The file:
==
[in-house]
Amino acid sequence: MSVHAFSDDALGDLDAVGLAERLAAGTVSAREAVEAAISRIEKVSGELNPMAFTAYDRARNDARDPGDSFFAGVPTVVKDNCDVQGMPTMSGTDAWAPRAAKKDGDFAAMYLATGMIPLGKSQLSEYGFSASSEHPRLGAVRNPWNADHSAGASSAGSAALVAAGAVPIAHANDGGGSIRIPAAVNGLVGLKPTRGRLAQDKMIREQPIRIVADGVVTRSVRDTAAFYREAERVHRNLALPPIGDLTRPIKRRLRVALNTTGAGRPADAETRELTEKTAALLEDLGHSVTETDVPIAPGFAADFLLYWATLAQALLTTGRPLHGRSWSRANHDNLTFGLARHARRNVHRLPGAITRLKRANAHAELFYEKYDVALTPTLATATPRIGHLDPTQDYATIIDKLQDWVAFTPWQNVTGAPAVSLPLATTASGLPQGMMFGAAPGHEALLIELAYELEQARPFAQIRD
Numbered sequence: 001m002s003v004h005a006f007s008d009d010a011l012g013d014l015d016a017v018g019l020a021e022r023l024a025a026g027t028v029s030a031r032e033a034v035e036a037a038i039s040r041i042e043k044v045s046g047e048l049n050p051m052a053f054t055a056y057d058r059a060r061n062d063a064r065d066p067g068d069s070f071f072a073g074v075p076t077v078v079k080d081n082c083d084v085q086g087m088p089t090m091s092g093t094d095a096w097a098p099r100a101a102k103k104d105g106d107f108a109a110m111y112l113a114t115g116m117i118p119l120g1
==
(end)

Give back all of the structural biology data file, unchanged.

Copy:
[in-house]
Amino acid sequence: MSVHAFSDDALGDLDAVGLAERLAAGTVSAREAVEAAISRIEKVSGELNPMAFTAYDRARNDARDPGDSFFAGVPTVVKDNCDVQGMPTMSGTDAWAPRAAKKDGDFAAMYLATGMIPLGKSQLSEYGFSASSEHPRLGAVRNPWNADHSAGASSAGSAALVAAGAVPIAHANDGGGSIRIPAAVNGLVGLKPTRGRLAQDKMIREQPIRIVADGVVTRSVRDTAAFYREAERVHRNLALPPIGDLTRPIKRRLRVALNTTGAGRPADAETRELTEKTAALLEDLGHSVTETDVPIAPGFAADFLLYWATLAQALLTTGRPLHGRSWSRANHDNLTFGLARHARRNVHRLPGAITRLKRANAHAELFYEKYDVALTPTLATATPRIGHLDPTQDYATIIDKLQDWVAFTPWQNVTGAPAVSLPLATTASGLPQGMMFGAAPGHEALLIELAYELEQARPFAQIRD
Numbered sequence: 001m002s003v004h005a006f007s008d009d010a011l012g013d014l015d016a017v018g019l020a021e022r023l024a025a026g027t028v029s030a031r032e033a034v035e036a037a038i039s040r041i042e043k044v045s046g047e048l049n050p051m052a053f054t055a056y057d058r059a060r061n062d063a064r065d066p067g068d069s070f071f072a073g074v075p076t077v078v079k080d081n082c083d084v085q086g087m088p089t090m091s092g093t094d095a096w097a098p099r100a101a102k103k104d105g106d107f108a109a110m111y112l113a114t115g116m117i118p119l120g1